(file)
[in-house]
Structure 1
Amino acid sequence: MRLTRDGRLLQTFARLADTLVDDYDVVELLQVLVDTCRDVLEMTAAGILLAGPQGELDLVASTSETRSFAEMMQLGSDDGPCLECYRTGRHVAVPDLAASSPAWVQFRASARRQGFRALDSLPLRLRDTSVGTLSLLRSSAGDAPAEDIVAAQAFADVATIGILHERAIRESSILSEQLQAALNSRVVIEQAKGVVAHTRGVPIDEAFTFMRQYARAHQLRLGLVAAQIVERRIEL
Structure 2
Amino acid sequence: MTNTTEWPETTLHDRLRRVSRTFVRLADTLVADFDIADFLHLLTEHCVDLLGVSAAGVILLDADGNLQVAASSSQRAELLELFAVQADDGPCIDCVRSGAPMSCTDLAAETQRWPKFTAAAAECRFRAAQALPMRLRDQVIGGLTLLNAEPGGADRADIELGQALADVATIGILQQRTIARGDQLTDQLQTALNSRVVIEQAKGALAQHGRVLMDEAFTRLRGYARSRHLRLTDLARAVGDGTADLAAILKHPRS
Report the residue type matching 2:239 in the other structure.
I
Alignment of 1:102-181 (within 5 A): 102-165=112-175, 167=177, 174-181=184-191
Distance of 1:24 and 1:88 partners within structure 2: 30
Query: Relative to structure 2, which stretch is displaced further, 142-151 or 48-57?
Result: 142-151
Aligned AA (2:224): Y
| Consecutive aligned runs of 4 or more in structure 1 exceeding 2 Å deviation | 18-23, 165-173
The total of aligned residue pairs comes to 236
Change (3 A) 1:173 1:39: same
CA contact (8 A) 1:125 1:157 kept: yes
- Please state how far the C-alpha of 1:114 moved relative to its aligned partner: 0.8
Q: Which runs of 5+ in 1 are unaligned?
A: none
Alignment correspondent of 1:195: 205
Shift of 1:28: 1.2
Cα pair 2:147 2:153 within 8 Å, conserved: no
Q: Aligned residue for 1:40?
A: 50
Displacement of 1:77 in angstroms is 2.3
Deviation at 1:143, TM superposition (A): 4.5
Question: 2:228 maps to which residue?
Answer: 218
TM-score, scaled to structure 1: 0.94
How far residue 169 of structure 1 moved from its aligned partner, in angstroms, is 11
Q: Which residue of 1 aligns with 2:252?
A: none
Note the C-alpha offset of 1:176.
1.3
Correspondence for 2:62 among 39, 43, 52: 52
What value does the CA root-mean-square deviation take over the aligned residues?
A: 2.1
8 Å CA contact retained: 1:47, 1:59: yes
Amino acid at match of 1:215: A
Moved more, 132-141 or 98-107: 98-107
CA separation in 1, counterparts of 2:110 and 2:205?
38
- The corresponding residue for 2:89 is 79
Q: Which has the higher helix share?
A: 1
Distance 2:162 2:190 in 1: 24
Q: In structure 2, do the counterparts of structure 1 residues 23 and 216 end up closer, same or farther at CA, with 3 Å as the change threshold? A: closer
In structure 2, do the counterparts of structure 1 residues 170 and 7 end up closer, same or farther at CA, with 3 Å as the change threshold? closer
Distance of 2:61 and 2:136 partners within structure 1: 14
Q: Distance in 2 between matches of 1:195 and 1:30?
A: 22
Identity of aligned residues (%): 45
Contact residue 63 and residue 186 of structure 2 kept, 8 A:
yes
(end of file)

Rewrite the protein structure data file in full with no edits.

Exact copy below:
[in-house]
Structure 1
Amino acid sequence: MRLTRDGRLLQTFARLADTLVDDYDVVELLQVLVDTCRDVLEMTAAGILLAGPQGELDLVASTSETRSFAEMMQLGSDDGPCLECYRTGRHVAVPDLAASSPAWVQFRASARRQGFRALDSLPLRLRDTSVGTLSLLRSSAGDAPAEDIVAAQAFADVATIGILHERAIRESSILSEQLQAALNSRVVIEQAKGVVAHTRGVPIDEAFTFMRQYARAHQLRLGLVAAQIVERRIEL
Structure 2
Amino acid sequence: MTNTTEWPETTLHDRLRRVSRTFVRLADTLVADFDIADFLHLLTEHCVDLLGVSAAGVILLDADGNLQVAASSSQRAELLELFAVQADDGPCIDCVRSGAPMSCTDLAAETQRWPKFTAAAAECRFRAAQALPMRLRDQVIGGLTLLNAEPGGADRADIELGQALADVATIGILQQRTIARGDQLTDQLQTALNSRVVIEQAKGALAQHGRVLMDEAFTRLRGYARSRHLRLTDLARAVGDGTADLAAILKHPRS
Report the residue type matching 2:239 in the other structure.
I
Alignment of 1:102-181 (within 5 A): 102-165=112-175, 167=177, 174-181=184-191
Distance of 1:24 and 1:88 partners within structure 2: 30
Query: Relative to structure 2, which stretch is displaced further, 142-151 or 48-57?
Result: 142-151
Aligned AA (2:224): Y
| Consecutive aligned runs of 4 or more in structure 1 exceeding 2 Å deviation | 18-23, 165-173
The total of aligned residue pairs comes to 236
Change (3 A) 1:173 1:39: same
CA contact (8 A) 1:125 1:157 kept: yes
- Please state how far the C-alpha of 1:114 moved relative to its aligned partner: 0.8
Q: Which runs of 5+ in 1 are unaligned?
A: none
Alignment correspondent of 1:195: 205
Shift of 1:28: 1.2
Cα pair 2:147 2:153 within 8 Å, conserved: no
Q: Aligned residue for 1:40?
A: 50
Displacement of 1:77 in angstroms is 2.3
Deviation at 1:143, TM superposition (A): 4.5
Question: 2:228 maps to which residue?
Answer: 218
TM-score, scaled to structure 1: 0.94
How far residue 169 of structure 1 moved from its aligned partner, in angstroms, is 11
Q: Which residue of 1 aligns with 2:252?
A: none
Note the C-alpha offset of 1:176.
1.3
Correspondence for 2:62 among 39, 43, 52: 52
What value does the CA root-mean-square deviation take over the aligned residues?
A: 2.1
8 Å CA contact retained: 1:47, 1:59: yes
Amino acid at match of 1:215: A
Moved more, 132-141 or 98-107: 98-107
CA separation in 1, counterparts of 2:110 and 2:205?
38
- The corresponding residue for 2:89 is 79
Q: Which has the higher helix share?
A: 1
Distance 2:162 2:190 in 1: 24
Q: In structure 2, do the counterparts of structure 1 residues 23 and 216 end up closer, same or farther at CA, with 3 Å as the change threshold? A: closer
In structure 2, do the counterparts of structure 1 residues 170 and 7 end up closer, same or farther at CA, with 3 Å as the change threshold? closer
Distance of 2:61 and 2:136 partners within structure 1: 14
Q: Distance in 2 between matches of 1:195 and 1:30?
A: 22
Identity of aligned residues (%): 45
Contact residue 63 and residue 186 of structure 2 kept, 8 A:
yes